Indiana Gov. Mike Pence, a conservative Republican who reportedly will be chosen as Donald Trump’s vice presidential pick Friday, is not the most flamboyant of those on the New York businessman’s short list of possible running mates.

Nor is the first-term governor, who served more than a decade in Congress, especially popular.

A Morning Consult poll released Thursday shows Pence generates little enthusiasm among voters.

Pence’s name on the GOP ticket would make 12 % of voters overall more likely to support Trump, according to the poll. But 28% of those polled said they don’t know or have no opinion of Pence.

Among Republican voters, 22% said they were more likely to support Trump and 11% said they would be less likely, the poll found.

The poll surveyed more than 2,000 voters July 8-10.

“Those numbers are expected from someone who has little national profile,” said Whit Ayres, a Republican pollster who was not involved in the Morning Consult poll.

“Unless they’ve run for president before or, perhaps, are a celebrity, name ID just won’t be high and that correlates to enthusiasm. At the end of the day, [Pence] is a solid choice – he was respected in Washington.”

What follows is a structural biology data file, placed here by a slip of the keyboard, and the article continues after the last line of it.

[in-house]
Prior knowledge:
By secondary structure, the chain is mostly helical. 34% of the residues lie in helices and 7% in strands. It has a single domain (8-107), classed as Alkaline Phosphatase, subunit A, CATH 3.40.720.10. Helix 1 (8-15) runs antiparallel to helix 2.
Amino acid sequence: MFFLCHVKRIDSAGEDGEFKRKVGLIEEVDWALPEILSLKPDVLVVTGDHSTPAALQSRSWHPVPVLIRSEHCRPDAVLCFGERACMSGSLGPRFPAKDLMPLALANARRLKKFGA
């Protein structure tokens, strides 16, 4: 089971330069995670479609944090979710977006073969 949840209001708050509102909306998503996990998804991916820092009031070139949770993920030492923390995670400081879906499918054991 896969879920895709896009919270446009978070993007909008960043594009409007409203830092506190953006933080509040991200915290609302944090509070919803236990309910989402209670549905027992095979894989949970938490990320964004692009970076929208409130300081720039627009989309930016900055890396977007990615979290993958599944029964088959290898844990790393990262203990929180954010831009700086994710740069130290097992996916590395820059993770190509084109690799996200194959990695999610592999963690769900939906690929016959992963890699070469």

In Indiana, where Pence is up for reelection this year, his job approval rating is far from stellar.

A WTHR/Howey Politics Indiana Poll from May found 40 % of voters approved of his job performance, but 42 % disapproved. About 60% of Republicans in the state supported his reelection.

Donald Trump Jr. told NBC on Thursday that his father had narrowed his choices to Pence, former House Speaker Newt Gingrich and New Jersey Gov. Chris Christie.

When the Morning Consult poll asked voters about Gingrich, a national figure who spent nearly two decades in Congress, 21% said they would be more inclined to support Trump if Gingrich was on the ticket. About 20% said they had never heard of Gingrich.

By contrast, 17% said they would be more likely to support Trump if Christie, who ended his presidential bid in February and endorsed Trump, was on the ticket. And 19 % said they had never heard of the New Jersey governor.